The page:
Cervantes repeatedly demonstrates the issues that can arise through the romanticism of reality. For instance in Chapter Twelve, Chrysostom’s fate seems to foreshadow the possible consequences of Don Quixote’s unusual endeavors. One evening Don Quixote is described as spending “the rest of the night in thinking of his lady Dulcinea, in imitation of the lovers of Marcela” (Ch 12). Don Quixote puts Dulcinea on a pedestal in the same way Chrysostom throught of Marcela, which led to his death. Because of their skewed perceptions of reality, both Chrysostom and Don Quixote are unsatisfied with their real ordinary lives, which always leaves them wanting more or, even worse, living in a fantasy world. Having first heard Chrysostom and Marcela’s story, it seems that Marcela is a to blame for leading Chrysostom on and torturing his heart. However, the reality of the situation is that Chrysostom has developed an obsession and has warped the reality of the circumstances. Additionally, Don Quixote follows her after she defends herself at the burial to offer his services. He assumes that she, being a lady, would need a knight to defend her honor and purity, when in reality Marcela is perfectly capable defending herself, as she shows through her eloquent and convincing speech. Don Quixote seems to think he is needed in many situations where he is not, reminding us of the incident where he tried to help the farm boy who was being flogged, only causing his master to flog him harder.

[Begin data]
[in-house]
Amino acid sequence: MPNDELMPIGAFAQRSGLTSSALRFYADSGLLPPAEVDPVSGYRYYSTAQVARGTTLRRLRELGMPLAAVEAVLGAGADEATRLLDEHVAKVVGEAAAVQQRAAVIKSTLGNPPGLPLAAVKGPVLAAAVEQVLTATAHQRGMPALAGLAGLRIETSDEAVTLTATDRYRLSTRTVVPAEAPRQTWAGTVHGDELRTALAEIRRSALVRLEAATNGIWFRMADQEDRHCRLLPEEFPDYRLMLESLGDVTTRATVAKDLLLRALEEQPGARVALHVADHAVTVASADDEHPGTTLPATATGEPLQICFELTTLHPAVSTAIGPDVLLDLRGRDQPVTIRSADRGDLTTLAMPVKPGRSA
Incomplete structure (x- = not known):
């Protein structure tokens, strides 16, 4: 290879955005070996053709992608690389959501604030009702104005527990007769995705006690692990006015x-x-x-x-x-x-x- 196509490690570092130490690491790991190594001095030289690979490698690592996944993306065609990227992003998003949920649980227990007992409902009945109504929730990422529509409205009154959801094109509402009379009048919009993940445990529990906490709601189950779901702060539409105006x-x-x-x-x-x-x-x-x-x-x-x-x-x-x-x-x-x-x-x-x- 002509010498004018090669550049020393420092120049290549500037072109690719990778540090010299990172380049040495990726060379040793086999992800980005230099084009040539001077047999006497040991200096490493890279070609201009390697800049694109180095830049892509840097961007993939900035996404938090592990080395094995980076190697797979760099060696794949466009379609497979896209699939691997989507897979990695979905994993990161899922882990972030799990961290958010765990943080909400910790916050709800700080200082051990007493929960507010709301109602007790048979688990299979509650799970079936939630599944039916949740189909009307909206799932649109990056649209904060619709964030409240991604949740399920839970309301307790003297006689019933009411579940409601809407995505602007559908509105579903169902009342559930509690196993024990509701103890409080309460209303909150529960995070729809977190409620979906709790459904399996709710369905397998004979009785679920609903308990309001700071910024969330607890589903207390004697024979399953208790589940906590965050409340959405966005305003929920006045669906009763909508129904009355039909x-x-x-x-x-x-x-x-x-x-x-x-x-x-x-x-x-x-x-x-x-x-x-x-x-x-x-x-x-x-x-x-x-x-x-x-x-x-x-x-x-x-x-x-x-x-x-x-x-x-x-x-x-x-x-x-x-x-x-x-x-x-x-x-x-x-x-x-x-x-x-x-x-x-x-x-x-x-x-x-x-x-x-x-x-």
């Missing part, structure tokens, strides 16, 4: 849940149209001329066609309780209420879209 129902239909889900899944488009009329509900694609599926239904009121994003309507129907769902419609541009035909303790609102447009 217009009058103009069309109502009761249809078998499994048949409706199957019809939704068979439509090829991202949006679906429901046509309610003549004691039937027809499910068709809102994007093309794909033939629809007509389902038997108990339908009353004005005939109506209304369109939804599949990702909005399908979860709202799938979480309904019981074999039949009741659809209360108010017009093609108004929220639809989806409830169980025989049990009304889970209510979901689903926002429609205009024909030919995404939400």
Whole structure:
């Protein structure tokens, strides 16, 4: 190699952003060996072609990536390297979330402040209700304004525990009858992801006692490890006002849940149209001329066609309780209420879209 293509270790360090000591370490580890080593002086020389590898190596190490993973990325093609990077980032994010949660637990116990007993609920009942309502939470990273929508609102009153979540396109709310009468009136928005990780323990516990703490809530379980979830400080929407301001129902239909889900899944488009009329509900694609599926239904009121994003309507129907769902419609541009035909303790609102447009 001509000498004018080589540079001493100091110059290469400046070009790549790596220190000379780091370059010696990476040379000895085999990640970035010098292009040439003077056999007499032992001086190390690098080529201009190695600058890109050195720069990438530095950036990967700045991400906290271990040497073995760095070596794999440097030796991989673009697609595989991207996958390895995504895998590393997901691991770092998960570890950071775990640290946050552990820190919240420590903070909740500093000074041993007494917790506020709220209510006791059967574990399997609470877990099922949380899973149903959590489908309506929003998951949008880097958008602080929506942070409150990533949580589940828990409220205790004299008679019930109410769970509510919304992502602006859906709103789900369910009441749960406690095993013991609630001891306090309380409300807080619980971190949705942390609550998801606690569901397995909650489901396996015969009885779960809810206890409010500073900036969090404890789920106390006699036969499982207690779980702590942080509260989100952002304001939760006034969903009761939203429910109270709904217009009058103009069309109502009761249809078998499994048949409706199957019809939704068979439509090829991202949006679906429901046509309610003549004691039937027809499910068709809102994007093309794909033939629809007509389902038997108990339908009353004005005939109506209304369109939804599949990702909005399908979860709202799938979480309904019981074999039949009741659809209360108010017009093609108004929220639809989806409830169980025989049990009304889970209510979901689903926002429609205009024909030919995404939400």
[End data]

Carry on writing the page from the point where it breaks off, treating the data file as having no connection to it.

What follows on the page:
Sancho, too, lives unaware of reality, although less so than Don Quixote or Chrysostom, which can be seen during the events of Chapter Ten. Believing that they have won an isle in their most recent battle, Sancho genuinely expects to be a governer of the imaginary isle that Don Quixote has promised him. In fact, Sancho’s entire motivation for joining Don Quixote on his delusional endeavors was the promise of being governer. Yet, Sancho remains strung along by Don Quixote without much proof that his side of the deal will ever be met. This shows Sancho’s own instability and lack of logic, as well as his desperation. Sancho is so eager for the promise to be fulfilled that he neglects to fully consider its actual probablity of happening. Sancho is not completely exempt from the label of madman that is applied so often to Don Quixote, having left his wife and children to put himself in harm’s way for a presumably nonexistant isle.







Image from enciclopediapr.org/en/encyclopedia/the-idyllic-in-quijote/